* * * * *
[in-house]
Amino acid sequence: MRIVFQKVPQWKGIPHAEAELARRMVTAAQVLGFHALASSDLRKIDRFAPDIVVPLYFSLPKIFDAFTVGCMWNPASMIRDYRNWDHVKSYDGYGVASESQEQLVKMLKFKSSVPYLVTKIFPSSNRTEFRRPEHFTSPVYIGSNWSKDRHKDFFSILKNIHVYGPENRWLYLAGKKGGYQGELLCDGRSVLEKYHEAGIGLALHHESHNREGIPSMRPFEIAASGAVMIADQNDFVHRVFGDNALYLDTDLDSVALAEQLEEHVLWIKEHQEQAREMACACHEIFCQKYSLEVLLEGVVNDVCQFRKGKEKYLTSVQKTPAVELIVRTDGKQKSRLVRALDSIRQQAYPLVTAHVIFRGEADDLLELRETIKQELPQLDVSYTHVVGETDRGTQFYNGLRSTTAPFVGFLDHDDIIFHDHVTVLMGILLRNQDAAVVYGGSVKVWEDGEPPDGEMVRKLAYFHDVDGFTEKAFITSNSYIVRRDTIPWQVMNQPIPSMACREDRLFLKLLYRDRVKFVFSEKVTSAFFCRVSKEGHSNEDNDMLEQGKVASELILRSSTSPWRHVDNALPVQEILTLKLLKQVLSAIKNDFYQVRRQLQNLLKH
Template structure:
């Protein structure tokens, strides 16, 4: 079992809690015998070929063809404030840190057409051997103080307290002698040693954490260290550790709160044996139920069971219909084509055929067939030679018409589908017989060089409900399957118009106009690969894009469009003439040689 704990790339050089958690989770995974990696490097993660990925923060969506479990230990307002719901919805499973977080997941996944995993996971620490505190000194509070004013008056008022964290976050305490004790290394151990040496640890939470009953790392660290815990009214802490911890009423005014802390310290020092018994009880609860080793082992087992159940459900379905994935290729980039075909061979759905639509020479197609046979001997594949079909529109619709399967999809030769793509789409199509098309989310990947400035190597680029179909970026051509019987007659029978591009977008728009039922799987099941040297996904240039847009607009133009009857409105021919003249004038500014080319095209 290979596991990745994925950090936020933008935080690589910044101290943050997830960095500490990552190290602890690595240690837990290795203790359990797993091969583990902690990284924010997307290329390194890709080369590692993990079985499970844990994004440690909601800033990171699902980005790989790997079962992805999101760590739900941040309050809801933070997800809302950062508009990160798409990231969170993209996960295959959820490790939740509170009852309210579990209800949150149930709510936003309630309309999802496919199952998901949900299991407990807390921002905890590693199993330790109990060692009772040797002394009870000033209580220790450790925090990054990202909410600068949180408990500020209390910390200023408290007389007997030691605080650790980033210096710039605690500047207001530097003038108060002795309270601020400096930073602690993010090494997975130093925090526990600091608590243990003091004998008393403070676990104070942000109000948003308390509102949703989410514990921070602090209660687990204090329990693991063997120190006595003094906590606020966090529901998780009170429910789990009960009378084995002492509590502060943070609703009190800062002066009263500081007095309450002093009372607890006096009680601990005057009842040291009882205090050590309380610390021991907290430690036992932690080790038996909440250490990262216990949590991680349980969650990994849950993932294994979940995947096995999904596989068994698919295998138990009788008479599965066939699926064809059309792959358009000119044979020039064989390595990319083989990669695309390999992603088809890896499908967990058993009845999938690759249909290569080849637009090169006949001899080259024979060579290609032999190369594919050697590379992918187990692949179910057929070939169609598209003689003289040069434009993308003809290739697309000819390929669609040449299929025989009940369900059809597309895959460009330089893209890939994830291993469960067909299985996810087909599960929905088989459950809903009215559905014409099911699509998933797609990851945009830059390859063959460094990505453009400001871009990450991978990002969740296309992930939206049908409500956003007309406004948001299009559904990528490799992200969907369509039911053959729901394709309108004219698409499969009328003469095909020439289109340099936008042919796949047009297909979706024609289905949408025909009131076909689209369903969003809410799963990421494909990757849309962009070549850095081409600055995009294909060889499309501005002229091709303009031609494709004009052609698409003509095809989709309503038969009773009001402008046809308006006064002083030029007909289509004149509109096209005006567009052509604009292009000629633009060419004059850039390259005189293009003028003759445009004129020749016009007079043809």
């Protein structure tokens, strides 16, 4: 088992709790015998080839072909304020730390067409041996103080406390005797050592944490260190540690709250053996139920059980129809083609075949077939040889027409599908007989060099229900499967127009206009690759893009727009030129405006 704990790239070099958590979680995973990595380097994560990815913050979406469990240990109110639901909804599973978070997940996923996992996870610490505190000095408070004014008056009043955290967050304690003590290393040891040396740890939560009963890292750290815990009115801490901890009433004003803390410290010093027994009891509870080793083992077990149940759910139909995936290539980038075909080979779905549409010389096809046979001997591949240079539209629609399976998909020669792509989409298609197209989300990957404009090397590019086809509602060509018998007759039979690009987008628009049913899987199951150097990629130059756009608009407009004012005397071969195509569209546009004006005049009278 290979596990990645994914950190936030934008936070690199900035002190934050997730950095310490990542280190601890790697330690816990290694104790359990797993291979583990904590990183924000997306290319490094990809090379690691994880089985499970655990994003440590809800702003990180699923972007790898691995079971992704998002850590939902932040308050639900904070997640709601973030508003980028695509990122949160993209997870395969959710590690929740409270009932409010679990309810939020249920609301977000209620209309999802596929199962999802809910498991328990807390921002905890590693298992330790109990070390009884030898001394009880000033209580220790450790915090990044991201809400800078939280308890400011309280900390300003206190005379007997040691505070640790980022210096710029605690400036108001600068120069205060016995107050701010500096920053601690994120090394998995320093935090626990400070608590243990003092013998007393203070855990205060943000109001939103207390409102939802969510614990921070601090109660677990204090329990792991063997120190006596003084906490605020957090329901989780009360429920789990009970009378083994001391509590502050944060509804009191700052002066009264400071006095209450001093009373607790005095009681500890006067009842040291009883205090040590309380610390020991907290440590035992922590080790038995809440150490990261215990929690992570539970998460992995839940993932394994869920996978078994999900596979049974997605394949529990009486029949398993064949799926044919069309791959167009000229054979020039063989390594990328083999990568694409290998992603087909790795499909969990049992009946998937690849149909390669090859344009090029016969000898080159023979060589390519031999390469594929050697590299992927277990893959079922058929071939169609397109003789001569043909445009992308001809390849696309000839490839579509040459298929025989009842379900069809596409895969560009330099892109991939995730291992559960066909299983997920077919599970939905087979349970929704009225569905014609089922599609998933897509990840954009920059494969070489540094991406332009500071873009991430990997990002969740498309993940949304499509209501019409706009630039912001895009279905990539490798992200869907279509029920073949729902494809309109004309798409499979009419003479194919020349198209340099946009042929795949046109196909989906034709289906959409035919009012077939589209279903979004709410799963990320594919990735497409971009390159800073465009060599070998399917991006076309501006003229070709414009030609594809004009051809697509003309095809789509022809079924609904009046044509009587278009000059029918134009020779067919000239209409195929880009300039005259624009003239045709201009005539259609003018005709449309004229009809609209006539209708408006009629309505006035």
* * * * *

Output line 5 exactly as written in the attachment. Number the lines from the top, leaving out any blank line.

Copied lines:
């Protein structure tokens, strides 16, 4: 088992709790015998080839072909304020730390067409041996103080406390005797050592944490260190540690709250053996139920059980129809083609075949077939040889027409599908007989060099229900499967127009206009690759893009727009030129405006 704990790239070099958590979680995973990595380097994560990815913050979406469990240990109110639901909804599973978070997940996923996992996870610490505190000095408070004014008056009043955290967050304690003590290393040891040396740890939560009963890292750290815990009115801490901890009433004003803390410290010093027994009891509870080793083992077990149940759910139909995936290539980038075909080979779905549409010389096809046979001997591949240079539209629609399976998909020669792509989409298609197209989300990957404009090397590019086809509602060509018998007759039979690009987008628009049913899987199951150097990629130059756009608009407009004012005397071969195509569209546009004006005049009278 290979596990990645994914950190936030934008936070690199900035002190934050997730950095310490990542280190601890790697330690816990290694104790359990797993291979583990904590990183924000997306290319490094990809090379690691994880089985499970655990994003440590809800702003990180699923972007790898691995079971992704998002850590939902932040308050639900904070997640709601973030508003980028695509990122949160993209997870395969959710590690929740409270009932409010679990309810939020249920609301977000209620209309999802596929199962999802809910498991328990807390921002905890590693298992330790109990070390009884030898001394009880000033209580220790450790915090990044991201809400800078939280308890400011309280900390300003206190005379007997040691505070640790980022210096710029605690400036108001600068120069205060016995107050701010500096920053601690994120090394998995320093935090626990400070608590243990003092013998007393203070855990205060943000109001939103207390409102939802969510614990921070601090109660677990204090329990792991063997120190006596003084906490605020957090329901989780009360429920789990009970009378083994001391509590502050944060509804009191700052002066009264400071006095209450001093009373607790005095009681500890006067009842040291009883205090040590309380610390020991907290440590035992922590080790038995809440150490990261215990929690992570539970998460992995839940993932394994869920996978078994999900596979049974997605394949529990009486029949398993064949799926044919069309791959167009000229054979020039063989390594990328083999990568694409290998992603087909790795499909969990049992009946998937690849149909390669090859344009090029016969000898080159023979060589390519031999390469594929050697590299992927277990893959079922058929071939169609397109003789001569043909445009992308001809390849696309000839490839579509040459298929025989009842379900069809596409895969560009330099892109991939995730291992559960066909299983997920077919599970939905087979349970929704009225569905014609089922599609998933897509990840954009920059494969070489540094991406332009500071873009991430990997990002969740498309993940949304499509209501019409706009630039912001895009279905990539490798992200869907279509029920073949729902494809309109004309798409499979009419003479194919020349198209340099946009042929795949046109196909989906034709289906959409035919009012077939589209279903979004709410799963990320594919990735497409971009390159800073465009060599070998399917991006076309501006003229070709414009030609594809004009051809697509003309095809789509022809079924609904009046044509009587278009000059029918134009020779067919000239209409195929880009300039005259624009003239045709201009005539259609003018005709449309004229009809609209006539209708408006009629309505006035």